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Genetic indexes: can one size fit all?

Indexes are important genetic selection tools. They combine all significant genetic traits into one package – and get producers away from setting minimum criteria for specific traits. That allows you to focus on creating a next generation of cows that are the right fit for your environment.

A global industry standard index like TPI has certainly helped dairy producers improve their herds. The one-size-fits all TPI index places 46% of the total weight on production traits, 28% on health and fertility traits and 26% on conformation traits.

However, an index like this assumes all farms face the same challenges within their herd. It assumes everyone has the same farm goals and milk markets. It simply serves as a general overview for a one-size-fits-all genetic plan.

Consider your goals

When you set your own, customized genetic plan, you can divide the weights as you see fit. To decide which production, health or conformation traits to include, consider your farm’s situation and future goals. How are you paid for milk? In a fluid milk market, you’ll likely put more emphasis on pounds of milk as compared to those who ship milk to a cheese plant. Are you expanding or at a stable herd size? If you’re looking to grow from within to expand your herd, you’ll want to put more emphasis on Productive Life and high fertility sires than the producers who are at a static herd size and able to cull voluntarily.

Your farm’s scenario is unique. With different goals, environments and situations, it’s evident there is no such thing as a one-size-fits-all index.

Make progress where it matters

Just 42 TPI points separate the 100th and 200th ranked genomic bulls on Holstein USA’s December 2017 Top 200 TPI list. Does a separation that small mean these bulls offer similar genetic benefits? Of course not!

To illustrate why, let’s compare three different genetic plan scenarios. One focuses on high production, one on high health, the other on high conformation. The tables below show the sires, traits and genetic averages for the top five Alta sires that meet each customized genetic plan. Notice the extreme amount of progress, and also the opportunity cost for using each particular index.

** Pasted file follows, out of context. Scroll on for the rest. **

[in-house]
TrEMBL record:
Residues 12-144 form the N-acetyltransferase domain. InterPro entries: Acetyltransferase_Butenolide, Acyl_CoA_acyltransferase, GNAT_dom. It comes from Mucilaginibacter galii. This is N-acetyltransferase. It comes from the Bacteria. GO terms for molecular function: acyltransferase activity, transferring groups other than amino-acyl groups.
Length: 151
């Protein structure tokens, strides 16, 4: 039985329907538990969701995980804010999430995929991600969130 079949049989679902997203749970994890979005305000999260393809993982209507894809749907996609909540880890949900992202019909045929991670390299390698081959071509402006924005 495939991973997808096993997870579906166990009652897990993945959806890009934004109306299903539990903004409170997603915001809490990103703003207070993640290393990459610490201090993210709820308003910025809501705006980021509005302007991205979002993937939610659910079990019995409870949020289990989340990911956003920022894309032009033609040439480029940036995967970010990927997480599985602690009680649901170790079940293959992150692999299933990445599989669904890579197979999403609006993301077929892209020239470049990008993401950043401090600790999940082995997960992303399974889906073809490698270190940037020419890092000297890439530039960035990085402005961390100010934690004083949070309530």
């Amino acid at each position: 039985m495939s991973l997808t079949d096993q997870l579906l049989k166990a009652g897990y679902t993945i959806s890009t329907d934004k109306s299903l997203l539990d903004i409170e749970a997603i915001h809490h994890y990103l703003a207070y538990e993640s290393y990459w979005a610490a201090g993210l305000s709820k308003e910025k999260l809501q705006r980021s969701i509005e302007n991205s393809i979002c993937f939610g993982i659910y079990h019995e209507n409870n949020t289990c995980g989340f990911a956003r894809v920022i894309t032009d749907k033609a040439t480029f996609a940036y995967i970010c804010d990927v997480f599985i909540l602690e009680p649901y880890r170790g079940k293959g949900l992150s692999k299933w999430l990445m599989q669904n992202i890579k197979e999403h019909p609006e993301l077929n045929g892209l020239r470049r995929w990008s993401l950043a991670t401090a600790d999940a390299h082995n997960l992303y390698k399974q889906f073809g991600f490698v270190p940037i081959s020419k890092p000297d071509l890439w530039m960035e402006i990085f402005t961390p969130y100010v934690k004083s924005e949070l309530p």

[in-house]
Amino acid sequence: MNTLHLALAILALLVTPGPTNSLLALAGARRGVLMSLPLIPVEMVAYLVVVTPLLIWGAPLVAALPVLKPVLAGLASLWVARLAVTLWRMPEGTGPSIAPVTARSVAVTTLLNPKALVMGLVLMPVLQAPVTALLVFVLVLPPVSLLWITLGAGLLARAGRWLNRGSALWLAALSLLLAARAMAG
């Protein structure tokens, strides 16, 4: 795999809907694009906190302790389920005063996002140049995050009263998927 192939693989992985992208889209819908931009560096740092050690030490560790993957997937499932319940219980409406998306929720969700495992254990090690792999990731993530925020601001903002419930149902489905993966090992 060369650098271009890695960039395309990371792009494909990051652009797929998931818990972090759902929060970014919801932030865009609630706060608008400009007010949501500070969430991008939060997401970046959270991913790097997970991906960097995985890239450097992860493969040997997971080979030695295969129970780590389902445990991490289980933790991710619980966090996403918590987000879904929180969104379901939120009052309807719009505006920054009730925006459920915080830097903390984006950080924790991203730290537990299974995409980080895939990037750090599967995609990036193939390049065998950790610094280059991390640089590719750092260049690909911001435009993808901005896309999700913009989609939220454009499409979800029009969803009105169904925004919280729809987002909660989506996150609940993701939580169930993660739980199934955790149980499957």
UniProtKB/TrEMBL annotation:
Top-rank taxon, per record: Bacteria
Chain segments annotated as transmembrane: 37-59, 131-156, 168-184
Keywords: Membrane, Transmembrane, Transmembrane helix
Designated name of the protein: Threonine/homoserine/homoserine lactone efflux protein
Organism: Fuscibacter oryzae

When high production is the goal, your genetic plan may be set with weights of 70% on production, 15% on health, and 15% on conformation. A team of bulls fitting that plan averages 2400 pounds PTAM and 171 pounds of combined fat and protein.

High Production: 70-15-15MilkProteinFatPLDPRSCSPTATUDCFLCTPI
AltaMONTOYA2089791058.02.22.792.091.840.932864
AltaAKUZAKI264078798.10.72.992.072.520.752747
AltaSPRITE253984884.2-0.83.032.332.131.532684
AltaEMBOSS260777974.5-0.53.071.311.470.812589
AltaWILLIE212375916.82.22.911.972.100.632766
240079926.30.82.961.952.010.932730

When health is the focus, a 30% production, 60% health, 10% conformation genetic plan might make sense for you. That team of bulls delivers averages of +9.5 PL, +5.0 DPR and 2.75 SCS. That’s more than four points higher for DPR than the high production group! However, you give up nearly 1100 pounds of milk and 41 pounds of components to get those high health numbers.

High Health: 30-60-10MilkProteinFatPLDPRSCSPTATUDCFLCTPI
AltaDEPOT910376311.47.02.480.680.801.002693
AltaKALISPELL1727527710.04.22.751.371.571.362734
AltaROBSON83555898.64.72.861.521.351.422802
AltaNITRO129554938.34.42.732.081.991.492871
Alta49ER181061709.04.62.931.071.441.032702
13155278.49.55.02.751.341.431.262760

Lastly, if your genetic goal is to improve conformation, the team below provides an average 2.47 for PTA Type, 2.86 Udder Composite, and nearly two points for Foot & Leg Composite. With that much emphasis on the conformation traits, you’ll sacrifice on pounds of milk, fat and protein, and give up some productive life and fertility.

High Conformation: 25-25-50MilkProteinFatPLDPRSCSPTATUDCFLCTPI
AltaSCION109848798.72.42.762.803.332.112786
AltaDRAGO162156857.22.43.052.962.792.562799
AltaPACKARD77048699.93.82.402.742.391.762839
AltaCR53137867.02.32.941.692.772.042669